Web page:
Star search: Do elections help Nondemocratic regimes identify new leaders?

Edmund Malesky, Paul Schuler

Research output: Contribution to journalArticlepeer-review

8 Scopus citations


A commonly proffered theory to explain the use of elections in authoritarian regimes is that they help identify talented young leaders who can be groomed for leadership positions. Unfortunately, due to the difficulties of obtaining data in authoritarian settings, this hypothesis has not been tested satisfactorily. We examine candidate-level data from the 2007 Vietnamese National Assembly (VNA) election and subsequent selection of candidates for top positions within the VNA and for top ministry positions. We find no evidence that vote share is associated with promotion to leadership positions in the VNA and only limited evidence for vote share association with ministerial posts. Instead, the results indicate that leadership selection takes place within the party rather than through elections. Furthermore, behavior within the assembly suggests that those who were chosen may have been selected based on their loyalty or at least pliancy to the party elites.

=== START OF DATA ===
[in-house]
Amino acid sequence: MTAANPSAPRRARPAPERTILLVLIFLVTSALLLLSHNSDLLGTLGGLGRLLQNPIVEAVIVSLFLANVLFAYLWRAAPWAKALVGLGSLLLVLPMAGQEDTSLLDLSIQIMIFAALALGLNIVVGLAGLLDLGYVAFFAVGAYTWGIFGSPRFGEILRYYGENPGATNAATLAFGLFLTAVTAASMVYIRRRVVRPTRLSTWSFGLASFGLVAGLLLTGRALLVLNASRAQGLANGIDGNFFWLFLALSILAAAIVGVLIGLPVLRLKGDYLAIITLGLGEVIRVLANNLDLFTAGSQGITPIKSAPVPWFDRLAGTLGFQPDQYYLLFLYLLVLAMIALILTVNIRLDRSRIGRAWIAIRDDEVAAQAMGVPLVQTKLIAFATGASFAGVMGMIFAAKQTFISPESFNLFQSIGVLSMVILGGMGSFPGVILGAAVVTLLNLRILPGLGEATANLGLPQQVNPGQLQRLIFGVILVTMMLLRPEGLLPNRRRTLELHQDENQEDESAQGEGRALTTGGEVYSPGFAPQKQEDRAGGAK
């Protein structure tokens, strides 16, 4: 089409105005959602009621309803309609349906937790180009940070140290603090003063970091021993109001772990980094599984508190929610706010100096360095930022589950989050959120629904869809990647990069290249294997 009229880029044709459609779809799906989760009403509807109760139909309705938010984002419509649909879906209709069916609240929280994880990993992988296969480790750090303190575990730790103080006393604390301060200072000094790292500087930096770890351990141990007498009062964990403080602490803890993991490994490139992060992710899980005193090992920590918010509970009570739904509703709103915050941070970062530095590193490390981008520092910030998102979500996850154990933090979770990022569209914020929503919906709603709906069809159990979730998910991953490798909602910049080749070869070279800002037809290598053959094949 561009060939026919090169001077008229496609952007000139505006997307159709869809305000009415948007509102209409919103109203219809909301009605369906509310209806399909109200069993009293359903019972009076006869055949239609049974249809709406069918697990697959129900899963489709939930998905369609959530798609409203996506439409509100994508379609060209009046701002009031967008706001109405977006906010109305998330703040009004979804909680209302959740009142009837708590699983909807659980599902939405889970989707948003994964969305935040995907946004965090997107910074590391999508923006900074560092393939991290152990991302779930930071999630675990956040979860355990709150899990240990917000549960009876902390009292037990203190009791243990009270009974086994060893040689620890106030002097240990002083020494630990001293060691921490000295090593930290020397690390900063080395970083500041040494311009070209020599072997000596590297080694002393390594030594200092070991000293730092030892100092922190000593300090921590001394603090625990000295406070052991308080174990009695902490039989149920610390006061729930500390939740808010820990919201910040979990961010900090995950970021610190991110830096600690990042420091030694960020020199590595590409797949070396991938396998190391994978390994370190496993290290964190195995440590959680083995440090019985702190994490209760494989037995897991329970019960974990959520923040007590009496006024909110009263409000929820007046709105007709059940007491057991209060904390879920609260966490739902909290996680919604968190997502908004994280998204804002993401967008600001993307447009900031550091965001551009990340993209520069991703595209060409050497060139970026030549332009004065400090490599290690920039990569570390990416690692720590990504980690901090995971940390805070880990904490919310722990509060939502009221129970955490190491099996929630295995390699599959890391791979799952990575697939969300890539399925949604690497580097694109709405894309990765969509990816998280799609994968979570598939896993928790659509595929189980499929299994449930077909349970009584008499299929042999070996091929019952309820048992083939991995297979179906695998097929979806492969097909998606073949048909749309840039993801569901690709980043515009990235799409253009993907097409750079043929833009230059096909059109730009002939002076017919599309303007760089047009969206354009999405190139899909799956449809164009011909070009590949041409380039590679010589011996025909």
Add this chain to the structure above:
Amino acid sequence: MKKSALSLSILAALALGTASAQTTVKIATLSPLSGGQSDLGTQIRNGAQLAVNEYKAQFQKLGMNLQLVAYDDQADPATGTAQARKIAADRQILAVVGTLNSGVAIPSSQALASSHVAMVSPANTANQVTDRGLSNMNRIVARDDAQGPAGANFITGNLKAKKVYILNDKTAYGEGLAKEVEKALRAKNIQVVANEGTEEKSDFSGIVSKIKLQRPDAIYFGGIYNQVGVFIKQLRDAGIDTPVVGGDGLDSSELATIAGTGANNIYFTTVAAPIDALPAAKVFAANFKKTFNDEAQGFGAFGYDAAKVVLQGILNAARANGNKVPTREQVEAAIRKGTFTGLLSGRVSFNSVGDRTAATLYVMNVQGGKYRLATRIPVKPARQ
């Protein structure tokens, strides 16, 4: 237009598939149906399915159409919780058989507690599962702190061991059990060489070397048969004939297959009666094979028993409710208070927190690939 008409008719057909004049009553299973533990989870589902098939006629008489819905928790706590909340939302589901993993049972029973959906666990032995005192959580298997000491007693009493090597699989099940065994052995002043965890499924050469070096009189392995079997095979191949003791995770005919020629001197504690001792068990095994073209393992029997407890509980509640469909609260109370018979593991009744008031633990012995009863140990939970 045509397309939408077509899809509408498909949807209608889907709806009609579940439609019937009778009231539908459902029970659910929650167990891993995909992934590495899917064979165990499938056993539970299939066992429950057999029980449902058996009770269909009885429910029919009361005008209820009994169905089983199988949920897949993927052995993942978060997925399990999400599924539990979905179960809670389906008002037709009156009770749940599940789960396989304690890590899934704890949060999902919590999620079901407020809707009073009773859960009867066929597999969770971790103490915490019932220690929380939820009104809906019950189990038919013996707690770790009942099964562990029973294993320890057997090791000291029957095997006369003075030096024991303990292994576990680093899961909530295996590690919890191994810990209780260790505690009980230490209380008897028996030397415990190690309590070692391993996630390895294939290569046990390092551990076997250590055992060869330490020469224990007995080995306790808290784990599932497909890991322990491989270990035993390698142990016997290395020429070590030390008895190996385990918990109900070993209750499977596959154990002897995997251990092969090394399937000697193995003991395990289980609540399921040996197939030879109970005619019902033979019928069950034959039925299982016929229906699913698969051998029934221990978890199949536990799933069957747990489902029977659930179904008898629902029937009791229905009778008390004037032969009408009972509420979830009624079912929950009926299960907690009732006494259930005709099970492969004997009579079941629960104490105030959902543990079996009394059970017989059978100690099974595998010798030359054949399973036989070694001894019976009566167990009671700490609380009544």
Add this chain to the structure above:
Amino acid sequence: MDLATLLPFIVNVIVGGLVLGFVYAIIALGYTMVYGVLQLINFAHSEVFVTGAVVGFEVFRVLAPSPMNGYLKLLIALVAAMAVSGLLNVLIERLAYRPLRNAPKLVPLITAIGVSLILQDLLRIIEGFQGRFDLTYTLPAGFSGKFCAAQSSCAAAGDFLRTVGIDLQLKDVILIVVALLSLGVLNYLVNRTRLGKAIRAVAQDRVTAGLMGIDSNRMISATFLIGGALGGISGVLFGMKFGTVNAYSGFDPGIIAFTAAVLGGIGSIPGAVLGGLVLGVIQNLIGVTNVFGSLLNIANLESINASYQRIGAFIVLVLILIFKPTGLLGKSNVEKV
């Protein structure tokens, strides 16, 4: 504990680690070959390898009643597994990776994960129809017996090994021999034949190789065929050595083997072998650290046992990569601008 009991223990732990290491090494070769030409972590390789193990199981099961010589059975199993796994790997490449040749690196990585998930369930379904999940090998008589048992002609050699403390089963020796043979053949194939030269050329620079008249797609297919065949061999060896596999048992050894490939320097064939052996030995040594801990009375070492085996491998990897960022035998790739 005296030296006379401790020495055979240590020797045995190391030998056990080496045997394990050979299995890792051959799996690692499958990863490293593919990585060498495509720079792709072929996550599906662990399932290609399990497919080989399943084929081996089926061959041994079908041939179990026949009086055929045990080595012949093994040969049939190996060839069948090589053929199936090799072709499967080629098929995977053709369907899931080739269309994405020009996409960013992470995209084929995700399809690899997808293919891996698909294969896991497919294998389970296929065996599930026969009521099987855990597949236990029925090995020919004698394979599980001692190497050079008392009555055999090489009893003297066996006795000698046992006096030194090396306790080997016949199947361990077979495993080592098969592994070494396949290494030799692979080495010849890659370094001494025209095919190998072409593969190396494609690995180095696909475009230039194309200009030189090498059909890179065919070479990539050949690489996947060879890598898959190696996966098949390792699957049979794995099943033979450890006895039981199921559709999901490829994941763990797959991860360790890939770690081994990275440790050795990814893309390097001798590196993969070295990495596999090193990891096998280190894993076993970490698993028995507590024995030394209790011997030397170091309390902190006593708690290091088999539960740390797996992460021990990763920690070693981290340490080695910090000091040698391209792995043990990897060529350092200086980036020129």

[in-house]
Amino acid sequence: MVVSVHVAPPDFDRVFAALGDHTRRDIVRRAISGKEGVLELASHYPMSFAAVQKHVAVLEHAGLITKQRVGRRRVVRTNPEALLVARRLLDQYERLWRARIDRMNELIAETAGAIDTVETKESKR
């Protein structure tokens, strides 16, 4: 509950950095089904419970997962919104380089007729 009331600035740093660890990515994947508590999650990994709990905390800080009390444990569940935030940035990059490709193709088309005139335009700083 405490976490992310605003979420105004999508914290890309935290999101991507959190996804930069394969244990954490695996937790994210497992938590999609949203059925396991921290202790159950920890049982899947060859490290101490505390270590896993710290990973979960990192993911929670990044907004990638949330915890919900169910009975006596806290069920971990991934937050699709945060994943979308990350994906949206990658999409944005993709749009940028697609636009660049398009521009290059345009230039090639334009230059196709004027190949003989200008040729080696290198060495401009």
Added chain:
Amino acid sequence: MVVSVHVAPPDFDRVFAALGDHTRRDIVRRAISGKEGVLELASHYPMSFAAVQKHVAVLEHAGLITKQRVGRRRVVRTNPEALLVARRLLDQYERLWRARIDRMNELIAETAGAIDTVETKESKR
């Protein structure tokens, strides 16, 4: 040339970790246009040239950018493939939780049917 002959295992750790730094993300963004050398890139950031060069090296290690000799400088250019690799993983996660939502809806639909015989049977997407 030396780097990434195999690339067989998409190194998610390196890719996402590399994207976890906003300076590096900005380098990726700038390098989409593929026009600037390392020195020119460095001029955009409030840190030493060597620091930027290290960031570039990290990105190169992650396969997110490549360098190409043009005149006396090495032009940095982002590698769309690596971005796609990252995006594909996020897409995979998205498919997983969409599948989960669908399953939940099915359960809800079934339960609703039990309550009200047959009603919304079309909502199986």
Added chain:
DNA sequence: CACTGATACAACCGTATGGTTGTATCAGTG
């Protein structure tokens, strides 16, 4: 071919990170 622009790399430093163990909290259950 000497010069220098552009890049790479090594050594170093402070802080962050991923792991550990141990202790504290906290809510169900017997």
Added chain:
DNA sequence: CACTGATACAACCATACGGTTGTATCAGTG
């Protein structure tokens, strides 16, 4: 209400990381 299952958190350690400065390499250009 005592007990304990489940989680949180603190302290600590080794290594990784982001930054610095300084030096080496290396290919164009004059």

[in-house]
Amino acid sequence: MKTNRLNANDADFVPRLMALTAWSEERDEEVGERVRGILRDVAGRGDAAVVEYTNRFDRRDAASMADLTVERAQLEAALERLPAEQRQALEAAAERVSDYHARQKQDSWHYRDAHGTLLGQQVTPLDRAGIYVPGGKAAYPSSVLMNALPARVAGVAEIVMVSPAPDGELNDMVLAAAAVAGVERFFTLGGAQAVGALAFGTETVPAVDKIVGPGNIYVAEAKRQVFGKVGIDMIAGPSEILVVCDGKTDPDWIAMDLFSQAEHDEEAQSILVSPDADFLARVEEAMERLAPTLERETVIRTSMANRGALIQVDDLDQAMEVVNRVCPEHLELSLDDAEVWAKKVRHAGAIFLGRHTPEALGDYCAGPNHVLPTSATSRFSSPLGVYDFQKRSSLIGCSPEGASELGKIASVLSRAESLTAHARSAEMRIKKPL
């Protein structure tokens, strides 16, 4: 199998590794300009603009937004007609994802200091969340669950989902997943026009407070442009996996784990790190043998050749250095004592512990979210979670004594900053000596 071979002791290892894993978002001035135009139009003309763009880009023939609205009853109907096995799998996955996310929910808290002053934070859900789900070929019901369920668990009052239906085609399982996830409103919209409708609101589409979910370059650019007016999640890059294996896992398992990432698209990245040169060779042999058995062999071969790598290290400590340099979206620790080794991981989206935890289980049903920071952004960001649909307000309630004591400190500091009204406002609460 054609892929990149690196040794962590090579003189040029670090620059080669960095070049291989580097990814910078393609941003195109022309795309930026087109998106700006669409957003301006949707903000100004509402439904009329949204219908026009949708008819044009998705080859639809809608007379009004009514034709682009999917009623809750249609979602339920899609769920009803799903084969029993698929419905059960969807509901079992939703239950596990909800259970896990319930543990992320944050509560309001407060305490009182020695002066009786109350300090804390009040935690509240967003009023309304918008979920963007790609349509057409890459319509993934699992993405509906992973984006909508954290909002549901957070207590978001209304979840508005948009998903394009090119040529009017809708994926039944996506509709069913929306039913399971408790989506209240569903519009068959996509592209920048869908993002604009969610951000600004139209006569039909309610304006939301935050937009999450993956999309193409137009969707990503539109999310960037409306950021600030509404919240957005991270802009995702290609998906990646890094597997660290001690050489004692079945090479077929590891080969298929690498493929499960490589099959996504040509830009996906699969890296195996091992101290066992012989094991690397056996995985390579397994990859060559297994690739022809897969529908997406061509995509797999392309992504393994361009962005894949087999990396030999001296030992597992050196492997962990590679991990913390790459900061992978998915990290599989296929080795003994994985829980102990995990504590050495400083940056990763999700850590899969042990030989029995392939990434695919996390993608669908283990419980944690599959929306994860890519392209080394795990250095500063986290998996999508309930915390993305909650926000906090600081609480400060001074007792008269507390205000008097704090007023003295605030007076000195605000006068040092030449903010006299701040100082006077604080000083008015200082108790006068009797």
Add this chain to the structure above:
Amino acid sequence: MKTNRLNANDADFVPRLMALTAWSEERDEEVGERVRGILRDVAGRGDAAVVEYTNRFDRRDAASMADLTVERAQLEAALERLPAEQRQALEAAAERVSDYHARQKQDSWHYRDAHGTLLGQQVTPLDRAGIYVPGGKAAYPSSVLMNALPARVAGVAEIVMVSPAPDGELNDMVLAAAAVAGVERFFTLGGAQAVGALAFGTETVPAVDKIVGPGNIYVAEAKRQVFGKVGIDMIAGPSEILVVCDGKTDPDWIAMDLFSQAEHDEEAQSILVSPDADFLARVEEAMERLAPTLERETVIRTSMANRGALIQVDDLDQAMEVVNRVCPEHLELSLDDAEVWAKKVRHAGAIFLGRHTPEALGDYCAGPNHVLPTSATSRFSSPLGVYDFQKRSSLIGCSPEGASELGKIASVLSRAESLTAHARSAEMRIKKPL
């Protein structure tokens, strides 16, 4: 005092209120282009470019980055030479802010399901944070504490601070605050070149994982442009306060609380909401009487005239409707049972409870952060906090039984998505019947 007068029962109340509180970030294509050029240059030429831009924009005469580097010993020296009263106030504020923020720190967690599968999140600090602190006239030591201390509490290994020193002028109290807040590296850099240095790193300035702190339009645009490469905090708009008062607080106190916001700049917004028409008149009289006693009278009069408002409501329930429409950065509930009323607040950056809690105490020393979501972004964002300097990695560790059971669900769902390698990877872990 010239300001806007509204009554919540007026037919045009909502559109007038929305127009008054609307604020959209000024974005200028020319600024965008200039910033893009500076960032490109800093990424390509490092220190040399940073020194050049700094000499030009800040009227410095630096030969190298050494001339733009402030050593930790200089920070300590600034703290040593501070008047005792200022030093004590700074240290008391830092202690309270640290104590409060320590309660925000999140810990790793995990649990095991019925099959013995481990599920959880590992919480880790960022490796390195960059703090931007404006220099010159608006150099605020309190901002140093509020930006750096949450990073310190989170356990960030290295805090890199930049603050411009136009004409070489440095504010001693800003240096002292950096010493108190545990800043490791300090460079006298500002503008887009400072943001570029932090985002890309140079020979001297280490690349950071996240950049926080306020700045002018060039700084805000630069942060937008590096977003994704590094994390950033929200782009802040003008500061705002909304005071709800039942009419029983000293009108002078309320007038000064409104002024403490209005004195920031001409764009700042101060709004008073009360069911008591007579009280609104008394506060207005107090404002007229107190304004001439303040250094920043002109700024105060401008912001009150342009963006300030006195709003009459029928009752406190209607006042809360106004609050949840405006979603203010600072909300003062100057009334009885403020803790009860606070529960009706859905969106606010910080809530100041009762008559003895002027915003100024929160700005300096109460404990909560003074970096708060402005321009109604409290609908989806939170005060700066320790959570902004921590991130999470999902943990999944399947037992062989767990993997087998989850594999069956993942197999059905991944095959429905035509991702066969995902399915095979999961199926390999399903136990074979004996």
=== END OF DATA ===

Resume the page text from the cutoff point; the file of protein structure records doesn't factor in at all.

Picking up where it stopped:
Original languageEnglish (US)
Pages (from-to)35-68
Number of pages34
JournalJournal of East Asian Studies
Issue number1
StatePublished - 2013
Externally publishedYes


  • Authoritarian
  • Co-optation
  • Elections
  • Electoral competitiveness
  • Loyalty
  • National assembly
  • Party strength
  • Political development
  • Talent selection
  • Vietnam

ASJC Scopus subject areas

  • Development
  • Sociology and Political Science
  • Economics and Econometrics
  • Political Science and International Relations


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